Featured Image: please let me hold your hand by pippimuckel is licensed under CC BY-NC-ND 3.0

In the previous post we went through some concepts and terminology in git.

Some basic git commands

Create a repository

Let us take a look at how we can create a local repository.

    git init
screenshot of a git init command run

What does it do?

  • Initialises a repository for a project
  • Creates a .git folder for your repository
  • Used by Git to track changes that happen in that repository folder
  • Git stores repository specific settings to that folder
  • It tracks the latest change in a branch in that folder
  • Also stores configuration for the repository in there

A new repository, needs some configuration. Let us go ahead and configure it.


  • Configuration can be
    • Local (repo specific) or global (system wide)
    • Stores information about
      • Your name, email etc.
      • Remotes (talk about that soon)
      • Aliases (talk about that soon)

Status check - Where’s my local at?

    git status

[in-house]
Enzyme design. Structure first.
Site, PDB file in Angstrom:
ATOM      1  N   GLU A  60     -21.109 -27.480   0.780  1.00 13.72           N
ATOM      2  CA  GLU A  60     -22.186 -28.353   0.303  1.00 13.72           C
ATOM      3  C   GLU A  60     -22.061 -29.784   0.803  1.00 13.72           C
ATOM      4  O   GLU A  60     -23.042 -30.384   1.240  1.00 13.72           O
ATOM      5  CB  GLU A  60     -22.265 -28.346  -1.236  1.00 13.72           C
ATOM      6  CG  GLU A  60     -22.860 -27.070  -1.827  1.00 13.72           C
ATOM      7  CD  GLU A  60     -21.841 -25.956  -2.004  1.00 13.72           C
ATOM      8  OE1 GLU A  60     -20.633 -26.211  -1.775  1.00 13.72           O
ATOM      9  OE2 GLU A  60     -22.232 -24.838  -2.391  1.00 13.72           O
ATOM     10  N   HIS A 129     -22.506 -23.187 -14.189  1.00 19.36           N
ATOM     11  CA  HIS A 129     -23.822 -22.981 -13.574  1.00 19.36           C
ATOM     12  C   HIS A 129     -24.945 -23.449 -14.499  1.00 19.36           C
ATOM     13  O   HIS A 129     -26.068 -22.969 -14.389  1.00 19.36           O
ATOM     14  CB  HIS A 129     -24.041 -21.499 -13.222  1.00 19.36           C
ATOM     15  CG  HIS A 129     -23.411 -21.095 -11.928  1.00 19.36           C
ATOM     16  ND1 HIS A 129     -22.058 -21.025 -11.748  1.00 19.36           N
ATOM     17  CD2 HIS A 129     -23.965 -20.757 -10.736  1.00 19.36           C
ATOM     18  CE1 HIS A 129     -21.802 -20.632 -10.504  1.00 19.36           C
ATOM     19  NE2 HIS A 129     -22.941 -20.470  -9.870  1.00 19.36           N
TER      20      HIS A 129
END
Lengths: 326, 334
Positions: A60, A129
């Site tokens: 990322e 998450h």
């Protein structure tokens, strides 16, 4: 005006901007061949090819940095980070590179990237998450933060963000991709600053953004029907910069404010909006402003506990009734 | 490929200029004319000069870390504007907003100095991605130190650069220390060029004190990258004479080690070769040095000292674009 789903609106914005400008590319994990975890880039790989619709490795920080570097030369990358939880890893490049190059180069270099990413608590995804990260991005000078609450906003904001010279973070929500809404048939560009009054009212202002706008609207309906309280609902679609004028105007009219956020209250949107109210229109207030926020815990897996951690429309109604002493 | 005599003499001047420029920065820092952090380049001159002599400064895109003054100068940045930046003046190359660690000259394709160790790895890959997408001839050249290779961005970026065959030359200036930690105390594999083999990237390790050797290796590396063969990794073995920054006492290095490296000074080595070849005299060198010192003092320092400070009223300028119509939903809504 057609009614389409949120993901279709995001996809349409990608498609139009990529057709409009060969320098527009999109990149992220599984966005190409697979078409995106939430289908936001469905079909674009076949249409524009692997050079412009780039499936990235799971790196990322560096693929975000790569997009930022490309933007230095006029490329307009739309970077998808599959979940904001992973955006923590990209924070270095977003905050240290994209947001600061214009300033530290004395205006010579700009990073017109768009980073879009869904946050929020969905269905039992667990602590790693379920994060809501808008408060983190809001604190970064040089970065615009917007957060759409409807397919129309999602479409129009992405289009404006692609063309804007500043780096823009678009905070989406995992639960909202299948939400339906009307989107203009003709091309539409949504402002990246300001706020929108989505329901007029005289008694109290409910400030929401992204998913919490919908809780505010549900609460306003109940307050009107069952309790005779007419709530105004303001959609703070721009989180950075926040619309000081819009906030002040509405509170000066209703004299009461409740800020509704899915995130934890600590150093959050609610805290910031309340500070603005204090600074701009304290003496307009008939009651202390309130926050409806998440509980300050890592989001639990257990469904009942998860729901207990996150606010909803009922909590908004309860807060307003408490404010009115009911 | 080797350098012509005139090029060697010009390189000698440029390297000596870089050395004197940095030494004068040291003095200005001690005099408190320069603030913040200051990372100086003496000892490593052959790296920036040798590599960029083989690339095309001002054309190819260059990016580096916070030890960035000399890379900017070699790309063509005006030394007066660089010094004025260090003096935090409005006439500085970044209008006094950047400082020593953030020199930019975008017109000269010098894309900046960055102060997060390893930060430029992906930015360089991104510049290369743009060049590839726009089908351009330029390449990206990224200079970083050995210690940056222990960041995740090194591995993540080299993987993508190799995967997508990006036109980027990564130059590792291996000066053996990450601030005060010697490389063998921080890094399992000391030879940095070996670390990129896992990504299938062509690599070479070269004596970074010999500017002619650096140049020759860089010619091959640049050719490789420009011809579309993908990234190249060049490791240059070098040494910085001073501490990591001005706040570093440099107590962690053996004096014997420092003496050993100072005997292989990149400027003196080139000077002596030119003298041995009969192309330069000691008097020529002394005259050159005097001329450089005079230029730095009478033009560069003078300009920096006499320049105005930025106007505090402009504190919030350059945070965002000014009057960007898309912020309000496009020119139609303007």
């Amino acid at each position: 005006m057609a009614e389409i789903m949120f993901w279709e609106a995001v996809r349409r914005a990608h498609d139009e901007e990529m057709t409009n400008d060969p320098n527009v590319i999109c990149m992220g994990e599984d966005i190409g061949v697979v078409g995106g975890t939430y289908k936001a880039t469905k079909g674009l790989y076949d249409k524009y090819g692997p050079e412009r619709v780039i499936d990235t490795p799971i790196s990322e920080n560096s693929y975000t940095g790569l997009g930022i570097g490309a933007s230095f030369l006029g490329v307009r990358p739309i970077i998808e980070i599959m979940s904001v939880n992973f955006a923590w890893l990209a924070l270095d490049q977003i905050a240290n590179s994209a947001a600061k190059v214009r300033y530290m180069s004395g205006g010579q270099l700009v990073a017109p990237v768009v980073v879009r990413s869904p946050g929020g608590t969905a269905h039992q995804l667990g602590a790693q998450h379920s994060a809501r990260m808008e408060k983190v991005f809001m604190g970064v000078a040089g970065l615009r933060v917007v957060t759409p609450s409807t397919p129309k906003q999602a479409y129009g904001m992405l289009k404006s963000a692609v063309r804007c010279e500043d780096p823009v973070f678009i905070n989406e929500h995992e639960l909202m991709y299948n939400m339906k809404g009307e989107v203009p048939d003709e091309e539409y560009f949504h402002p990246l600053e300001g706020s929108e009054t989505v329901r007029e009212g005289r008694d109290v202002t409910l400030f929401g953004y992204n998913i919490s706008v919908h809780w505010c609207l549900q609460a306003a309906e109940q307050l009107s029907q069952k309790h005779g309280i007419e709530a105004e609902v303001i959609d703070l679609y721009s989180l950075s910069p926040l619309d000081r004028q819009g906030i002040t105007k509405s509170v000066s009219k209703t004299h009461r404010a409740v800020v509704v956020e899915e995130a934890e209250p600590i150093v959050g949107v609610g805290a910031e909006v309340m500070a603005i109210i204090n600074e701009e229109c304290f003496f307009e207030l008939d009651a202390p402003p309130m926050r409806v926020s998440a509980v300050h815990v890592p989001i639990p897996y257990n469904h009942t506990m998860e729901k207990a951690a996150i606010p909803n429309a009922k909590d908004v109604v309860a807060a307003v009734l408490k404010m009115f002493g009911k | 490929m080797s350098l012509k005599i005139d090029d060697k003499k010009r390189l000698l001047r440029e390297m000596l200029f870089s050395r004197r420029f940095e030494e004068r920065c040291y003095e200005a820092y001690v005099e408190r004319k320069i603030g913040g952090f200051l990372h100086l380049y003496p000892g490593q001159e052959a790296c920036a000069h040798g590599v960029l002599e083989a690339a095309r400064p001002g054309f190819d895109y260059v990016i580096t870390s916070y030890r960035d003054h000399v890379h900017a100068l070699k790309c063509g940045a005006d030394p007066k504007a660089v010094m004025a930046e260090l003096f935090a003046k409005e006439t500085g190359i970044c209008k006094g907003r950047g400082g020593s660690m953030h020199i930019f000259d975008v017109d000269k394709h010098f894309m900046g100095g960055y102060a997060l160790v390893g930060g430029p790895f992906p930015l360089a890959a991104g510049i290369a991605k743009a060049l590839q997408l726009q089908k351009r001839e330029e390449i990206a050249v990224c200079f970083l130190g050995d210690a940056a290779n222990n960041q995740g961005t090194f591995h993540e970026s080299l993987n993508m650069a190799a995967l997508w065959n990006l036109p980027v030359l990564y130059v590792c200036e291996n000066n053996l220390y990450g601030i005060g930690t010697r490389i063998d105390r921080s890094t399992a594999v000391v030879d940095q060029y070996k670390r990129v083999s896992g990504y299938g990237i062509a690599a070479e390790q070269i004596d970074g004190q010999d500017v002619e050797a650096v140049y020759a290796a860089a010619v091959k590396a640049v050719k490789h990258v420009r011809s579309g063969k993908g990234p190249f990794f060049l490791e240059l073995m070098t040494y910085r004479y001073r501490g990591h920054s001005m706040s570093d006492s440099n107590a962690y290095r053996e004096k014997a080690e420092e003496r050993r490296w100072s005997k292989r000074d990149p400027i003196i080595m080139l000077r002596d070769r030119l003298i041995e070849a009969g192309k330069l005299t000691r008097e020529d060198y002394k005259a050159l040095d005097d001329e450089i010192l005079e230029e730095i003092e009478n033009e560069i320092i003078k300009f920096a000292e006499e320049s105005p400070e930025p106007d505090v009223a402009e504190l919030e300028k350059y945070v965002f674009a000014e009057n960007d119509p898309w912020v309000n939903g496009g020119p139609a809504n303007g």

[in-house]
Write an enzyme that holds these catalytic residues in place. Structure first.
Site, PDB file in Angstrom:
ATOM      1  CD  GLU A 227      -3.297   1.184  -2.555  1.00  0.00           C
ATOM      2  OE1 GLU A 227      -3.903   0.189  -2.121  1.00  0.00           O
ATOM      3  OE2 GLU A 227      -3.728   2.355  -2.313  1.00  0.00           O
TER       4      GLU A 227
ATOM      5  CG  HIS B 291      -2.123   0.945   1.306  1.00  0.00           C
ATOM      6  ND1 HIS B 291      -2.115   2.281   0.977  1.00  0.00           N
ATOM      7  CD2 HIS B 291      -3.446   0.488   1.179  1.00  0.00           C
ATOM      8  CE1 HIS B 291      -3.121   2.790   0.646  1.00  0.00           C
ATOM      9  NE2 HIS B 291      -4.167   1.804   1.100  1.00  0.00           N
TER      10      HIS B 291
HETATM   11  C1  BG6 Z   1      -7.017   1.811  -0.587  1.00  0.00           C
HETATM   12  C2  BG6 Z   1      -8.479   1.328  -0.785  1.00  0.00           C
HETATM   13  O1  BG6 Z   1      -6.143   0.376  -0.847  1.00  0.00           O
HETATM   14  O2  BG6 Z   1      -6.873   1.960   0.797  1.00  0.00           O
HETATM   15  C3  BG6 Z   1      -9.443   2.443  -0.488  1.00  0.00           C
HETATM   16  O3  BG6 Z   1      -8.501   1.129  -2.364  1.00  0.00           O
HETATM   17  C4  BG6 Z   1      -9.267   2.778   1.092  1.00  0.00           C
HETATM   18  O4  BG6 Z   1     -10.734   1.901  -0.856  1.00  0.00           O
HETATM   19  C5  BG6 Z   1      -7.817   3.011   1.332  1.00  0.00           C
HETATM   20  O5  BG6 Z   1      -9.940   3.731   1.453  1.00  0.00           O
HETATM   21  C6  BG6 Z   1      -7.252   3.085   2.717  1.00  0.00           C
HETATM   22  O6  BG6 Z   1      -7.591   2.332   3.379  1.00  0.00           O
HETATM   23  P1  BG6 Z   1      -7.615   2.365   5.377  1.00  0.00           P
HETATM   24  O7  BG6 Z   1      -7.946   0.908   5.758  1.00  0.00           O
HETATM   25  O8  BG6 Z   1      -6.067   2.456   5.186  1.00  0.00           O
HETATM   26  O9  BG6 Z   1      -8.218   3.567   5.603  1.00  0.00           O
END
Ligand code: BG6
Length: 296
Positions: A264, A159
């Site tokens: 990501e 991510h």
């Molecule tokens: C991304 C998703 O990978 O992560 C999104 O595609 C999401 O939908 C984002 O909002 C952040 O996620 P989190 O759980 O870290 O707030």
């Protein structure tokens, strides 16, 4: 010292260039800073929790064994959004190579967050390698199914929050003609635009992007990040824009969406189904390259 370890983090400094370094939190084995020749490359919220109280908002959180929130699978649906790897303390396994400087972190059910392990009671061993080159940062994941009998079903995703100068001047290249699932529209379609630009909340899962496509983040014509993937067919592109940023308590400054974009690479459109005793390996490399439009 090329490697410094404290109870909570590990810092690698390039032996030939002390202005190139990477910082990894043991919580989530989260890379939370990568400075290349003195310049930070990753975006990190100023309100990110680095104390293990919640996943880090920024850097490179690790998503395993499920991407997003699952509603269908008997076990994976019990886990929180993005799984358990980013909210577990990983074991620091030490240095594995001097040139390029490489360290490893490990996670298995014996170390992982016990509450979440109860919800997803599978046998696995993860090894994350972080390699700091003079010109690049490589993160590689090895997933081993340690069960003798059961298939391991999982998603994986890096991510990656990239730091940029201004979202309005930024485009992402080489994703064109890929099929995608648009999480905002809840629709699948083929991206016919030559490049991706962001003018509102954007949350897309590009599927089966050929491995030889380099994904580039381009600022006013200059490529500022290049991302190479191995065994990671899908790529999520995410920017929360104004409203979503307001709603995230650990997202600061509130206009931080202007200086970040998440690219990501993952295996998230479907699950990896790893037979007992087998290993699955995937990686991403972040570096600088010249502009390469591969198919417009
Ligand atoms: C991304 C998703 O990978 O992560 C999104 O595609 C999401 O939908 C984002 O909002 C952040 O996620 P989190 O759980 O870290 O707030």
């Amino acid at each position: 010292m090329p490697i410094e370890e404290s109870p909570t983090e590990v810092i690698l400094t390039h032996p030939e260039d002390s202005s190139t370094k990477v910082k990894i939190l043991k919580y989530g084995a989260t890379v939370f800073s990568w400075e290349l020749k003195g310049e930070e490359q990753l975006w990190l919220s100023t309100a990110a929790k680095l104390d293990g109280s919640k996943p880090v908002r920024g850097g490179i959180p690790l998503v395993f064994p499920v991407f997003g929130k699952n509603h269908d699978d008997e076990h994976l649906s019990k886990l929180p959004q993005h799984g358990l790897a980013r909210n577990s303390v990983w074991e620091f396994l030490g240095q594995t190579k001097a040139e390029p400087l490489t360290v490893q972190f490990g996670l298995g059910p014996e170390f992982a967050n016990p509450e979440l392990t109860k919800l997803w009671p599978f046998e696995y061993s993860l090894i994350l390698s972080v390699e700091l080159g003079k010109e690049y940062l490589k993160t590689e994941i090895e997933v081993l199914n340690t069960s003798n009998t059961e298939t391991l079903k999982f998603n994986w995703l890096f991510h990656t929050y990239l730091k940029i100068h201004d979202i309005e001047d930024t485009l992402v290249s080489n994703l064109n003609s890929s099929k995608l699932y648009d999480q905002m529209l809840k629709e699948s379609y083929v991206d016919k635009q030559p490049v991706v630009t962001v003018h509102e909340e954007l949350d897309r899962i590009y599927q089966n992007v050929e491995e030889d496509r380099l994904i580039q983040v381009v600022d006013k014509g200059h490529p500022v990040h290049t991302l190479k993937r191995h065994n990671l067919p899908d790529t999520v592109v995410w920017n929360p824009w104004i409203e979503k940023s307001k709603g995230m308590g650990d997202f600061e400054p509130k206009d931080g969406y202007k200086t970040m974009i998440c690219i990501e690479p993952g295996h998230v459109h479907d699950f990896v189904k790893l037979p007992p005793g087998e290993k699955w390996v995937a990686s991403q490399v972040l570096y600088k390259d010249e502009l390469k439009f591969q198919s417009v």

screenshot of a git status

Untracked files

A file that is not yet in the repository

screenshot of untracked files

Modified files

Are those that were already committed to the git repository and have been changed since.

Staging changes to commit

git add . – Stage all files in this directory that have changed for commit

screenshot of a git add
  • Or if you want to be specific and stage only one or two files among several, then
    • git add filename.extension
  • When you run git commit, staged files are picked to be committed
  • Your GUI for GIT might offer to automatically stage any unstaged files for you

So what does a commit do?

  • Record changes to your local git database
    • choose files you want to be part of the commit
    • then make the commit with a description that is comprehendable by your collaborators
  • running the commit command will open up the editor you configured while setting up git
    git commit
screenshot of git commit

git commit opened up vscode which is my default git editor. it might open another editor for you, depending on which one you chose as your default editor when installing Git.

As you finish your commit message and close your editor, you get the status of it in your git bash session.

screenshot of a after a successful commit

That’s cool but where do I see all commits?

a log of wood to represent git log
    git log

There are many ways to display your history of commits

Let us explore branching in the next post